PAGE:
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Muslims warned not to stop taking eye drops during Ramadan

The IGA has issued the call ahead of the month of fasting which begins next Tuesday

14 May 2018 by Emily McCormick

The International Glaucoma Association (IGA) has issued a warning advising Muslim glaucoma patients not to stop taking eye drops during Ramadan.

Ramadan takes place from 15 May to 14 June and stopping eye drop medication, even for a short period of time, can lead to permanent sight loss, the IGA has emphasised.

The association issued the warning after observing that hospital reports and calls to its own helpline have indicated that some Muslims stop using eye drops during the month of fasting.

This, it believes, is due to a view that taking eye drops will break their fast.

The IGA adds that many of these patients subsequently stop using the drops completely as they do not perceive any changes to their sight. However, the association warns that vision changes "will not be apparent to the individual until significant sight loss has occurred."

IGA development manager, Subhash Suthar, said: "We want to reassure the Muslim community that drops can be taken before dawn and after sunset, when food or drink can be consumed."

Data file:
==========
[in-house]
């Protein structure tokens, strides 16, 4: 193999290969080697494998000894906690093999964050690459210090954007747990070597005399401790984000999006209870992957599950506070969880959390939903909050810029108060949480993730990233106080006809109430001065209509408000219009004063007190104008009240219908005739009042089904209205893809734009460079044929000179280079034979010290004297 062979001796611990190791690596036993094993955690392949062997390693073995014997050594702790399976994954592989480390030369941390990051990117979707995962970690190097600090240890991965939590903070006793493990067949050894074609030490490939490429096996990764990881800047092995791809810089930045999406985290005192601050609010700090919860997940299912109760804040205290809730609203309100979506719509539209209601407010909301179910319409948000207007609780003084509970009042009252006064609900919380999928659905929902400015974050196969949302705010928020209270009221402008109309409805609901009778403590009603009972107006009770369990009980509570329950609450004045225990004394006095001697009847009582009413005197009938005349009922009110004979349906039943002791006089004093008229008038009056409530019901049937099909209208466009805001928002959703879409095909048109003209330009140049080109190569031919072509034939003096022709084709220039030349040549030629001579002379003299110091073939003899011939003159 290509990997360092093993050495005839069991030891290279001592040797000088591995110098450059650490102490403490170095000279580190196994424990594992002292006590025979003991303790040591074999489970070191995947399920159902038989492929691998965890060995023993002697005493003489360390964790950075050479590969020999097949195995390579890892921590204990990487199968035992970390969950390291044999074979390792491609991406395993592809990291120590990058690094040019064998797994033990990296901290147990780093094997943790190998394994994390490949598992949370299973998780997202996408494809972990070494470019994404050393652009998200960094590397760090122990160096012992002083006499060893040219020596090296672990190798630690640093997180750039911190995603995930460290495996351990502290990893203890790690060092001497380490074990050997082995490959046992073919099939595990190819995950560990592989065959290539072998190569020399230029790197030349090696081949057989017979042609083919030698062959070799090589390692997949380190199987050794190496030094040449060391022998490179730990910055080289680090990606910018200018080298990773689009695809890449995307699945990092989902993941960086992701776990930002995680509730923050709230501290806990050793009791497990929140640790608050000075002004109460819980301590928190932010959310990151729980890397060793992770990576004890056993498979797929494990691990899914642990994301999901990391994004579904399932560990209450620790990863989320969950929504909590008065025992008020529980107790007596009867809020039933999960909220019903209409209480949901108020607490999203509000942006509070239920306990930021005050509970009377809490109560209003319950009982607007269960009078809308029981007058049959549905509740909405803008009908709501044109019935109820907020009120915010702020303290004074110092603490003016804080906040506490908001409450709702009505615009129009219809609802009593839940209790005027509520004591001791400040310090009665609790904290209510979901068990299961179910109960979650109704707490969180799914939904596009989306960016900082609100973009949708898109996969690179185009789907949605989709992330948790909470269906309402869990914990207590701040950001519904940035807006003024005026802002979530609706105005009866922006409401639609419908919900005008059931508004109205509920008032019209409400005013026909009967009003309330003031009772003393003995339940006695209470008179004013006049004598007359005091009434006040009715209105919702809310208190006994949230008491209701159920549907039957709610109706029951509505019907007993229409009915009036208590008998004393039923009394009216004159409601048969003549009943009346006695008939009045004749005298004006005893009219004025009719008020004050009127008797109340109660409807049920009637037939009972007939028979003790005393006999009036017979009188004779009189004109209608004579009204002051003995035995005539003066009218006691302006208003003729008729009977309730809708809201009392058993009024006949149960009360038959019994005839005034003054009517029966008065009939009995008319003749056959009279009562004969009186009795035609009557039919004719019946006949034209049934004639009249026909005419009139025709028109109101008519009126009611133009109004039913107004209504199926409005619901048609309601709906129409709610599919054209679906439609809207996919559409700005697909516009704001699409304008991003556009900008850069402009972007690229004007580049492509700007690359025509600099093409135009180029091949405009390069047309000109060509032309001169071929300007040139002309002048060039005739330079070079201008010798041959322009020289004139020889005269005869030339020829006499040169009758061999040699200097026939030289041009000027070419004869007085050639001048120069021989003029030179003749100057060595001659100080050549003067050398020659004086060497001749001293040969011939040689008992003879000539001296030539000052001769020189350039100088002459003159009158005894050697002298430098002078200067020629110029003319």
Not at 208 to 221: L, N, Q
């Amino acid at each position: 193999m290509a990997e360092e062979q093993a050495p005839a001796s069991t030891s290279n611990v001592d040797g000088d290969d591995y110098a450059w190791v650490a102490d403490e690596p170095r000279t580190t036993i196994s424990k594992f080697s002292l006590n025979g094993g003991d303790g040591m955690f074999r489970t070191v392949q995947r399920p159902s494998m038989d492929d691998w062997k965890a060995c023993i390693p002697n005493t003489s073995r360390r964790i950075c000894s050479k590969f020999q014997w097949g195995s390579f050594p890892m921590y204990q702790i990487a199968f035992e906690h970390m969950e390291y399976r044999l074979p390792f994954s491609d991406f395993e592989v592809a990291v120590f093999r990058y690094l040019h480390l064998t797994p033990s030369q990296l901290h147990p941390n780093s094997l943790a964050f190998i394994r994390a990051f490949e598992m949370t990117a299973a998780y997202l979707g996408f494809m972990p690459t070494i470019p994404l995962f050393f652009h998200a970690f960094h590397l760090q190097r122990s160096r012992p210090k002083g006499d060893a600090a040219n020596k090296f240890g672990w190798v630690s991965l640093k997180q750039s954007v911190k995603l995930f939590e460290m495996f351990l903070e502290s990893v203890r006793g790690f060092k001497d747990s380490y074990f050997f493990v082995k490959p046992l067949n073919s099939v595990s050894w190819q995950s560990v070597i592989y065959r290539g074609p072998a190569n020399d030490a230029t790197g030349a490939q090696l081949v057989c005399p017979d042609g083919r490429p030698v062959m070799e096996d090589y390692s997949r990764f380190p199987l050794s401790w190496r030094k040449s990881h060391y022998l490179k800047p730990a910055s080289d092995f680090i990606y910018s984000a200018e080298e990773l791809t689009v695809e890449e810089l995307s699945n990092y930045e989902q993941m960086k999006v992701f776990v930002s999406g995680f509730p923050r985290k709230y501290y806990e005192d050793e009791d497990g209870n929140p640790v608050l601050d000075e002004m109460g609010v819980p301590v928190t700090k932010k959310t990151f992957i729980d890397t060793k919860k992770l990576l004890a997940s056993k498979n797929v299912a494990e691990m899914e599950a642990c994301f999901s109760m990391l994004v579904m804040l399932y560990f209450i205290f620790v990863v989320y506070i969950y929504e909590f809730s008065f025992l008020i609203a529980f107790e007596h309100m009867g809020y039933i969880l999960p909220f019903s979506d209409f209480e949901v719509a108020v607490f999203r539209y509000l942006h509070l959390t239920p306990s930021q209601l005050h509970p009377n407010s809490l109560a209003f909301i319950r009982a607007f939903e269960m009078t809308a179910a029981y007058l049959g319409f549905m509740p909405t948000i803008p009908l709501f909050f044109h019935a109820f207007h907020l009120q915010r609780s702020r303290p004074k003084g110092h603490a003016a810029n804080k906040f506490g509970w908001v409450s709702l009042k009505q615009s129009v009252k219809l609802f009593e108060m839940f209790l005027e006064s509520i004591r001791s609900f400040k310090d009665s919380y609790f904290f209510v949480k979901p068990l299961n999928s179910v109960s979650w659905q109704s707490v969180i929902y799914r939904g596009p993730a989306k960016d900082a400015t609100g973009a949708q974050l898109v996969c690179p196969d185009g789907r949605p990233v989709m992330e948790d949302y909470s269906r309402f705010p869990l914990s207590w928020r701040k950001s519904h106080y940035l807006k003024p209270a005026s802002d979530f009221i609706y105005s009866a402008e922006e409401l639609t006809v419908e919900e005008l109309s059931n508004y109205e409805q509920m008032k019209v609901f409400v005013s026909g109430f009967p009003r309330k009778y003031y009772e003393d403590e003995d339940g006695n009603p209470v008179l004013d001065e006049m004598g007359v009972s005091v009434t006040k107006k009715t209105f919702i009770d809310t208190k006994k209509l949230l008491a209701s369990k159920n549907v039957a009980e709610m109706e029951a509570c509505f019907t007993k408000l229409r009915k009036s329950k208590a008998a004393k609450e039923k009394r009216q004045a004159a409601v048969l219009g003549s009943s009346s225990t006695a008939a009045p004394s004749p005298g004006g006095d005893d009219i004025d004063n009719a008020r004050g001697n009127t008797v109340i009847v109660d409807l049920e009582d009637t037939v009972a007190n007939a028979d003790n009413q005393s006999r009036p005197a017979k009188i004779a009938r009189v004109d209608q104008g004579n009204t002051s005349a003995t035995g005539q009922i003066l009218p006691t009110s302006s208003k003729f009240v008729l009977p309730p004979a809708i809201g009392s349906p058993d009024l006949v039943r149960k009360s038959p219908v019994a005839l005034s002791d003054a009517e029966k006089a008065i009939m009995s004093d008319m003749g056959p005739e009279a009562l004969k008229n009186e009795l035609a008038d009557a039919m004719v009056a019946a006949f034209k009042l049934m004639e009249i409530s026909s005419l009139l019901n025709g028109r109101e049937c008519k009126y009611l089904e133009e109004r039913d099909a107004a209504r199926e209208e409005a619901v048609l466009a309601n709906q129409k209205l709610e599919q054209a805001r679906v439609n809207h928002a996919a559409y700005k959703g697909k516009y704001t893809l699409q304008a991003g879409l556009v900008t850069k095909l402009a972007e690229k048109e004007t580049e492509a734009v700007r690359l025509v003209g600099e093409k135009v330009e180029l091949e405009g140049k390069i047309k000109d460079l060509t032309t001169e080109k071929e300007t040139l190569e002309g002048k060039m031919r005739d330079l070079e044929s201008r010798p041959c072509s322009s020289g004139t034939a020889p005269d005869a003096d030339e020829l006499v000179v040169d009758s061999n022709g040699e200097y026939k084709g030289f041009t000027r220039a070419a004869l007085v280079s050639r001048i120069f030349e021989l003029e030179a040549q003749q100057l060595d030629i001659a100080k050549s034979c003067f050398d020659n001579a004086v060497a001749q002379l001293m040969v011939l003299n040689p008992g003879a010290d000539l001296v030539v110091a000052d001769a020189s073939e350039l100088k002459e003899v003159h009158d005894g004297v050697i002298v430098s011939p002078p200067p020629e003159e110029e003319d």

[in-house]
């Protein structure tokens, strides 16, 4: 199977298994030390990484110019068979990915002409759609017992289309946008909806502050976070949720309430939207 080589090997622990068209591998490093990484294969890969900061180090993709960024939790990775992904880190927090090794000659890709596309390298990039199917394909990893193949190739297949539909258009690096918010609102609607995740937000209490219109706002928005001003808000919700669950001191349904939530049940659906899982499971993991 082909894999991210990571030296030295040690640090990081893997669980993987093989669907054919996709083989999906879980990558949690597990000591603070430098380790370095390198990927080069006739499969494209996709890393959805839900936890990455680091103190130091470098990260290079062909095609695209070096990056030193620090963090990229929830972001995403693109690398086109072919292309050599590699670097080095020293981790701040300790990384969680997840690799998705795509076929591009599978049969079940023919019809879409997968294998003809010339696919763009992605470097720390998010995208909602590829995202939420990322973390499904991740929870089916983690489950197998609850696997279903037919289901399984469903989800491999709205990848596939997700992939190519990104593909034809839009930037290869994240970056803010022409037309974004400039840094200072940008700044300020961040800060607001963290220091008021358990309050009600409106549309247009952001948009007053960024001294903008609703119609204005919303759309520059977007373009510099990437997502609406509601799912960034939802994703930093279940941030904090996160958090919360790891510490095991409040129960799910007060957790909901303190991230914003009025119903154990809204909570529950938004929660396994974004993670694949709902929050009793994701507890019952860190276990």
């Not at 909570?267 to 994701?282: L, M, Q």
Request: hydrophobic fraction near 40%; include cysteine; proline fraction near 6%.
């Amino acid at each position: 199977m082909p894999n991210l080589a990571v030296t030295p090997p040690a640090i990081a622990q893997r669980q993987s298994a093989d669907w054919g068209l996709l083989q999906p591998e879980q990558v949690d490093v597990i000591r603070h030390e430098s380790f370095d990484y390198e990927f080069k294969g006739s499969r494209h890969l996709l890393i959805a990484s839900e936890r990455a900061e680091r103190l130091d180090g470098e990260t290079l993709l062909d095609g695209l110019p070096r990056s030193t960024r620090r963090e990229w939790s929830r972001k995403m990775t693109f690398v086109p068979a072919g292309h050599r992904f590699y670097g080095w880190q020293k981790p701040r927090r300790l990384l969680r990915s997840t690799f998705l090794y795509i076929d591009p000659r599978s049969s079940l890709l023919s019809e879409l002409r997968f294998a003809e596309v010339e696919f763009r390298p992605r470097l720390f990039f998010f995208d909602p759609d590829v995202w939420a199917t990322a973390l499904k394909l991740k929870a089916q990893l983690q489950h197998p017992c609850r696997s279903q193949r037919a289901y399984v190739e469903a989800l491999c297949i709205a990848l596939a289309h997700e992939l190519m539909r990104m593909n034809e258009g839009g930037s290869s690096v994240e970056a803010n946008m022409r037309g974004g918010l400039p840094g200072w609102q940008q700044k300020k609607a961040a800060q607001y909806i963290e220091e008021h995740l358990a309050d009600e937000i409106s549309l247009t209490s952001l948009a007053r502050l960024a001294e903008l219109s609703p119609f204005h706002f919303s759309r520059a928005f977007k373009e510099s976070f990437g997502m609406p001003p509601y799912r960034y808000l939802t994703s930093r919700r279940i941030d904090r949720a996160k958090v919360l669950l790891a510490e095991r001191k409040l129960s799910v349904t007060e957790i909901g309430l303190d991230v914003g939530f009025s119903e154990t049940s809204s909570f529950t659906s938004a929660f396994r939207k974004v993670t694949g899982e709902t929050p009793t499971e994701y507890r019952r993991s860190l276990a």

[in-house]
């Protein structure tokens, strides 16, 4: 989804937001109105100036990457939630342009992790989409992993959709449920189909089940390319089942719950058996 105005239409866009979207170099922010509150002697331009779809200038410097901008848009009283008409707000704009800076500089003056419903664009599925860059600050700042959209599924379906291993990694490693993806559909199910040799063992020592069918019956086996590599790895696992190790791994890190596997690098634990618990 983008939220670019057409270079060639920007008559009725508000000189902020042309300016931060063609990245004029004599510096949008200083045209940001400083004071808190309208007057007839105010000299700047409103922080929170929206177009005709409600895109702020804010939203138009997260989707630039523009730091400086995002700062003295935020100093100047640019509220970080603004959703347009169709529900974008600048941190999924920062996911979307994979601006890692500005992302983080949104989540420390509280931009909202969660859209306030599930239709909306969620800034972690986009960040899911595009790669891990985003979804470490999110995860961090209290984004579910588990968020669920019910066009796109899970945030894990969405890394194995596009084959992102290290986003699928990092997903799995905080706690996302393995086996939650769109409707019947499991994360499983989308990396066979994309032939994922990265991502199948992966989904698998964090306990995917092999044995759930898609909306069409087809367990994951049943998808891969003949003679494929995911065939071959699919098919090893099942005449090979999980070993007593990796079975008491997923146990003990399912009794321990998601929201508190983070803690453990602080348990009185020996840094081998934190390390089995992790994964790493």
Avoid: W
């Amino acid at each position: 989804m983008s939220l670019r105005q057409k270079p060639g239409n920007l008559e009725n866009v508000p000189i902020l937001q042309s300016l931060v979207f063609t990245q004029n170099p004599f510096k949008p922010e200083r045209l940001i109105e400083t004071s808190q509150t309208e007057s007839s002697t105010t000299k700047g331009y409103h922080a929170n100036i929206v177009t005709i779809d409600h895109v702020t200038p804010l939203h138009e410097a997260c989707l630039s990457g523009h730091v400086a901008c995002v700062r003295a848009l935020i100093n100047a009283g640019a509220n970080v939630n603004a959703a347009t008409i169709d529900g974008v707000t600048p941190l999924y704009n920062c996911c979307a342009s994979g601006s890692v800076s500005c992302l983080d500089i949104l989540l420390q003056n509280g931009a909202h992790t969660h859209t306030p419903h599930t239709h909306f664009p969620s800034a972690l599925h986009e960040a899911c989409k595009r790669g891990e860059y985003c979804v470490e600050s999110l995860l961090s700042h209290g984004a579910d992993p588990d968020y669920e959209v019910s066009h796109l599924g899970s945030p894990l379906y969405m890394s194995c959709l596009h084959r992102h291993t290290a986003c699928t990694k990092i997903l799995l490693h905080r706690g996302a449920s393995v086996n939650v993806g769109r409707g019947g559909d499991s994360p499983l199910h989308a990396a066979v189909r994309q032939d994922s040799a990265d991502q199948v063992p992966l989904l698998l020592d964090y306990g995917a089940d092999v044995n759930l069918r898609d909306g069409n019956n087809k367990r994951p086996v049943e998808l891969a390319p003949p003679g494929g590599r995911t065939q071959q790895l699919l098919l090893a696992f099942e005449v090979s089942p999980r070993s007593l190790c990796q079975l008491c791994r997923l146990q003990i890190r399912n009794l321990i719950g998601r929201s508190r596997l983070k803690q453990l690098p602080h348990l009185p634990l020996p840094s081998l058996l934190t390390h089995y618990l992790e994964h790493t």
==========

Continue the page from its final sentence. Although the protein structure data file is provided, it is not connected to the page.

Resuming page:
Offering advice to Muslims, Mr Suthar advises: "We also suggest that patients close the tear duct when taking eye drops as this means that fluid stays in the eye and does not drain into the throat and so cannot be tasted."

The IGA is working with the Muslim Council of Britain to raise awareness of this issue.

The IGA's three pieces of advice regarding eye drops during Ramadan include:
1. Do not stop eye drops during Ramadan
2. If doubtful, use morning drops at Suhoor and evening drops at Iftar
3. Try practising punctual occlusion following instillation of drops.


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